Life is a "collection of extraordinarily ordinary moments," Payne says. "We just need to pay attention to them all." Above, Payne stops at a farmers market near his home in the Santa Monica Mountains.
Credit Cindy Carpien / NPR
Payne heads off for a luncheon at the American Film Institute during what he says is an atypically busy week leading up to the Oscars.
Alexander Payne watches a movie every day — or tries to, anyway. Lately, the writer and director of The Descendants has been busy going to nomination and awards dinners, in advance of Sunday's Oscar night — when the Best Picture, Best Director and Best Adapted Screenplay prizes could be his.
One day Chris Woehrle decided to finally leave his corporate job and pursue his dream: to become an artisanal food craftsman. And so, every day at home, he'd basically pickle stuff.
"I had a refrigerator full of plastic food buckets that were full of pickles and kimchee and sauerkraut and harissa and salsa and ketchup and mustard and, you know, any kind of craft food you could make," Woehrle says.
To help U.S. troops ease back into civilian life, veteran Anthony Bravo Esparza offers them a haircut, and a safe and friendly place to hang out. Esparza — known to his friends as "Dreamer" — sees it as a way to help former soldiers find their way.
Dreamer's barbershop is easy to find; it's set up inside a trailer in the parking lot of the West Los Angeles Medical Center campus of the VA Greater Los Angeles Healthcare System.
Tuesday is the next big day for Republicans in choosing their presidential nominee, with primaries in Michigan and Arizona.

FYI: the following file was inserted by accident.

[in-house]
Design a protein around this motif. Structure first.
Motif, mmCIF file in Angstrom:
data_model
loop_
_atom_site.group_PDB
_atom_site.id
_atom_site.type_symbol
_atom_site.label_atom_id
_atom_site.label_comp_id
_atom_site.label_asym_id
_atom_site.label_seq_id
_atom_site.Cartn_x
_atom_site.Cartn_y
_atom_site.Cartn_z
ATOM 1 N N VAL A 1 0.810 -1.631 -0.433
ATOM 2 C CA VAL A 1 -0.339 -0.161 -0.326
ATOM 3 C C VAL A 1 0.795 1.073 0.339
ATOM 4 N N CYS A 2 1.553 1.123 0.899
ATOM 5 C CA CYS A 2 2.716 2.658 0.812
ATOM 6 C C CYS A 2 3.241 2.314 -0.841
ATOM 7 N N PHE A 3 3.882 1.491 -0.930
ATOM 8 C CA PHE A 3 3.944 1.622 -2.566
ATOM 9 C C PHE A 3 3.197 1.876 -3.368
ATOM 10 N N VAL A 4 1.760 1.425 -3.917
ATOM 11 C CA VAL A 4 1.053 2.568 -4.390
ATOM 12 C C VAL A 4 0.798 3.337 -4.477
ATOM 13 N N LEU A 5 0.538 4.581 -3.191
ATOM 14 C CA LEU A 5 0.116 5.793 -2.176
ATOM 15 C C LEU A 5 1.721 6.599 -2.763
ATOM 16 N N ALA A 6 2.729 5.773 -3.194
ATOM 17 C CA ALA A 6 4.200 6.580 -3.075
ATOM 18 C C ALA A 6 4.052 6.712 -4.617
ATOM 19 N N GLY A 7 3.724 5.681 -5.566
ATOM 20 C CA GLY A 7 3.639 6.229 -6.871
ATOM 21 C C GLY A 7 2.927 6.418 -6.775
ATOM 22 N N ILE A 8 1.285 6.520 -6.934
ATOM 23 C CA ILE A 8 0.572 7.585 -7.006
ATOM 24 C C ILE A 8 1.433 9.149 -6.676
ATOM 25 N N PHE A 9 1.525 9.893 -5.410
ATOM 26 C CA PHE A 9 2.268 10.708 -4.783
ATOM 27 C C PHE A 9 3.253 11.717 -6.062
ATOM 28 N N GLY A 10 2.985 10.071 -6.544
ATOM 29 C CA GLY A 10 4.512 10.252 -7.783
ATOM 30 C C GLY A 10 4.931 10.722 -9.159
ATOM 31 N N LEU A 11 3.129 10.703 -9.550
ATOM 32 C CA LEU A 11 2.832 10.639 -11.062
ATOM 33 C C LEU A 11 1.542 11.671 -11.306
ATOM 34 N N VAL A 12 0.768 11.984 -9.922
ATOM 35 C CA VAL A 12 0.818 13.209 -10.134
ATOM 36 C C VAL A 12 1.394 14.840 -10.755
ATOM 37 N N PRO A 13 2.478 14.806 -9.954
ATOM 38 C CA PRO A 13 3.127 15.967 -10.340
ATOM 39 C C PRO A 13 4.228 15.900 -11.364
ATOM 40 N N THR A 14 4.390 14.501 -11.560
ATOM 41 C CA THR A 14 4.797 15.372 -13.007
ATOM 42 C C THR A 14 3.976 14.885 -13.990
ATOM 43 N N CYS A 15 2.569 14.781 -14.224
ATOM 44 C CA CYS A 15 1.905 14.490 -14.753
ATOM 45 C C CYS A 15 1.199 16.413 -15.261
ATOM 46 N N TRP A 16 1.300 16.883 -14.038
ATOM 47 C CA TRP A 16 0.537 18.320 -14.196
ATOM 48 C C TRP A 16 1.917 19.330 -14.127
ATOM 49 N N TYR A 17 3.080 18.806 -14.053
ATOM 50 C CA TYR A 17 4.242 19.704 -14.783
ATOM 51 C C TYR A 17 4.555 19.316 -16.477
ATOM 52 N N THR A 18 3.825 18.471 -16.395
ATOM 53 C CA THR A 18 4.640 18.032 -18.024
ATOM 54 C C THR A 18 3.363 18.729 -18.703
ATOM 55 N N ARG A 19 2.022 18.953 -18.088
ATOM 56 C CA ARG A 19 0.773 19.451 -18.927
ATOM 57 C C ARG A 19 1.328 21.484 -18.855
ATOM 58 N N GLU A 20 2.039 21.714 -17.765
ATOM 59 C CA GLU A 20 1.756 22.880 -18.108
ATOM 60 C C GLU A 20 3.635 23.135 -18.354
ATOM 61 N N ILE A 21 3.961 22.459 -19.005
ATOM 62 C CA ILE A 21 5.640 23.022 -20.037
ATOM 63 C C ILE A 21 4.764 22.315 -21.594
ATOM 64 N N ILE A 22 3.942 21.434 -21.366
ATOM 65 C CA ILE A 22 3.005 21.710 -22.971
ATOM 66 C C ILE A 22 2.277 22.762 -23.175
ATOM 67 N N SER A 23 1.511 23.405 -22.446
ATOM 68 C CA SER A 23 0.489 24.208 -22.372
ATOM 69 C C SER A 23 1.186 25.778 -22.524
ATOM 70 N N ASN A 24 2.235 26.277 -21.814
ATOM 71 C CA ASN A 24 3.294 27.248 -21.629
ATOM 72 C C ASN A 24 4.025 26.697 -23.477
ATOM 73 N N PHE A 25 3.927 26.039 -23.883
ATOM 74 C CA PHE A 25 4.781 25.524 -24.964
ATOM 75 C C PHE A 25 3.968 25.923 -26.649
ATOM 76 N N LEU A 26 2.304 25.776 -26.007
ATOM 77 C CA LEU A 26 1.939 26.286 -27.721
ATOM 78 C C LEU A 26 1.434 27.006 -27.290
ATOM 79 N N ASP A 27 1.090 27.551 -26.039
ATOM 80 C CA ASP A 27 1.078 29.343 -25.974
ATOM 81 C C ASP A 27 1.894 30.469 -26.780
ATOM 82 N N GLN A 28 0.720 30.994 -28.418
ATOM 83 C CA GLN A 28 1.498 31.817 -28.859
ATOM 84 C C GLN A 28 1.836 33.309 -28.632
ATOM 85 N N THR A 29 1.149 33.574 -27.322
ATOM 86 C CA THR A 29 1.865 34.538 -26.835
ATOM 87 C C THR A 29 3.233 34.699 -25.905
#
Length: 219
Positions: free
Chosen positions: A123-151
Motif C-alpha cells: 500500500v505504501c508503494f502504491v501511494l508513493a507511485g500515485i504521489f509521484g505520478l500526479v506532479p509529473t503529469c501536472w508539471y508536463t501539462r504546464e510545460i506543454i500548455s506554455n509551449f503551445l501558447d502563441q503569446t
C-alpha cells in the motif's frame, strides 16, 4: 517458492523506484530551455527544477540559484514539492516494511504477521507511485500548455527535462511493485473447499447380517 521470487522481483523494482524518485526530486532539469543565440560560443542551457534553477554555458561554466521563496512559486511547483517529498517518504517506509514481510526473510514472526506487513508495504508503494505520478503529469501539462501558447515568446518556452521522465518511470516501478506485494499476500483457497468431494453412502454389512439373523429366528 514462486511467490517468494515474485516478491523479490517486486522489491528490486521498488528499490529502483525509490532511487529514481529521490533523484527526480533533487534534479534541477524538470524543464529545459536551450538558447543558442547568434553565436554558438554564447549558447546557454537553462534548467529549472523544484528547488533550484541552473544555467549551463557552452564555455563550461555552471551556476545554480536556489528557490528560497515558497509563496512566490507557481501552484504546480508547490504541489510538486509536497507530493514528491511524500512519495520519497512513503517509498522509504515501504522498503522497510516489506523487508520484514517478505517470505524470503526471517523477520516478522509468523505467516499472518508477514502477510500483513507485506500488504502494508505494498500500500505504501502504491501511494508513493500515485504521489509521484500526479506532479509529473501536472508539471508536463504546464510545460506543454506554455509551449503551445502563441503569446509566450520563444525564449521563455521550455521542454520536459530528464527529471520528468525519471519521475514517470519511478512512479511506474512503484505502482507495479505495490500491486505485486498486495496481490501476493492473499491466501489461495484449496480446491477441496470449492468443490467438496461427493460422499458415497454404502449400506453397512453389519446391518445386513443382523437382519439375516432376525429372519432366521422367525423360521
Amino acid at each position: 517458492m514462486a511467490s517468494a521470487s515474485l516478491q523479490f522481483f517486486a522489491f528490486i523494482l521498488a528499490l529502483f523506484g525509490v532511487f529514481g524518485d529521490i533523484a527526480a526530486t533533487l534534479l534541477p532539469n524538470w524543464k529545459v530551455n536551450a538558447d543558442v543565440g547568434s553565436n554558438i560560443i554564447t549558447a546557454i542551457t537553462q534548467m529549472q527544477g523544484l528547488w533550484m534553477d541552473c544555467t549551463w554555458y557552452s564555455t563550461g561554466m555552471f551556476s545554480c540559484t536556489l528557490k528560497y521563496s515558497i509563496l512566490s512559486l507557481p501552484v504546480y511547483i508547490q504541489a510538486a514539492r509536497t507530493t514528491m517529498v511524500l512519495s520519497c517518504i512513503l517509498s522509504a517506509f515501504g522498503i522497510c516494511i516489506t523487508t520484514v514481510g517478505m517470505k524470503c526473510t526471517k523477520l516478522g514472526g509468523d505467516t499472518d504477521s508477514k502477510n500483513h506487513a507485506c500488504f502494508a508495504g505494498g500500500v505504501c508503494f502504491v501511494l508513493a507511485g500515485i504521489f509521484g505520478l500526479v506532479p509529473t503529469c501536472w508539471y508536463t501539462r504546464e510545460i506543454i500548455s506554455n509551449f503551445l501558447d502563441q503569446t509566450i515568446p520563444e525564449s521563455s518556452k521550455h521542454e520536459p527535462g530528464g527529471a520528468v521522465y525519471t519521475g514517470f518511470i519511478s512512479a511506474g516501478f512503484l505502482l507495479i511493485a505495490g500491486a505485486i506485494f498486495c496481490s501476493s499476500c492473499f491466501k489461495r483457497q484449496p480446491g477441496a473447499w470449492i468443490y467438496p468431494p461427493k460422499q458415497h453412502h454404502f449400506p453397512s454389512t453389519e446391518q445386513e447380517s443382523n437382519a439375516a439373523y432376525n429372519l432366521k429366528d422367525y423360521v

Then there's an even bigger day a week later: March 6 is this year's Super Tuesday, when 10 states hold primaries and caucuses. Possibly the most consequential one will be in the swing state of Ohio. It has 66 delegates at stake, and it will also be a key battleground in November.
The situation in Syria is one of desperation, death and constant danger, a Syrian activist told All Things Considered's Melissa Block.
The activist, who goes by Abo Bakr, said he was in the house where journalists Marie Colvin and Remi Ochlik were killed.
"We were hearing so many explosions around us, but then the sounds got closer until one rocket hit the backyard of the house," Bakr said. "Then rockets started hitting the roof, and that resulted in the roof falling down completely."
Afghan demonstrators burn an effigy of President Obama and shout anti-U.S. slogans in the eastern city of Jalalabad on Wednesday, Feb. 22. Afghans have been rioting for three days after word that several Qurans were desecrated at a NATO base. The U.S. says the burning of the Qurans was accidental.
It begins with a political leader or a businessman who hits on a powerful new idea, one that puts him miles ahead of everyone else. It could be a new innovation, like the financial derivative, or a new way of doing business, like Microsoft selling software. It could be something destructive, like Hitler's blitzkrieg, which ran over France in two months. No matter the specifics, it leaves everyone else flat-footed and looking foolish.
Our man (it's usually a man) is now indestructible and untouchable. With nothing in his way, he is, for a while, an irresistible force.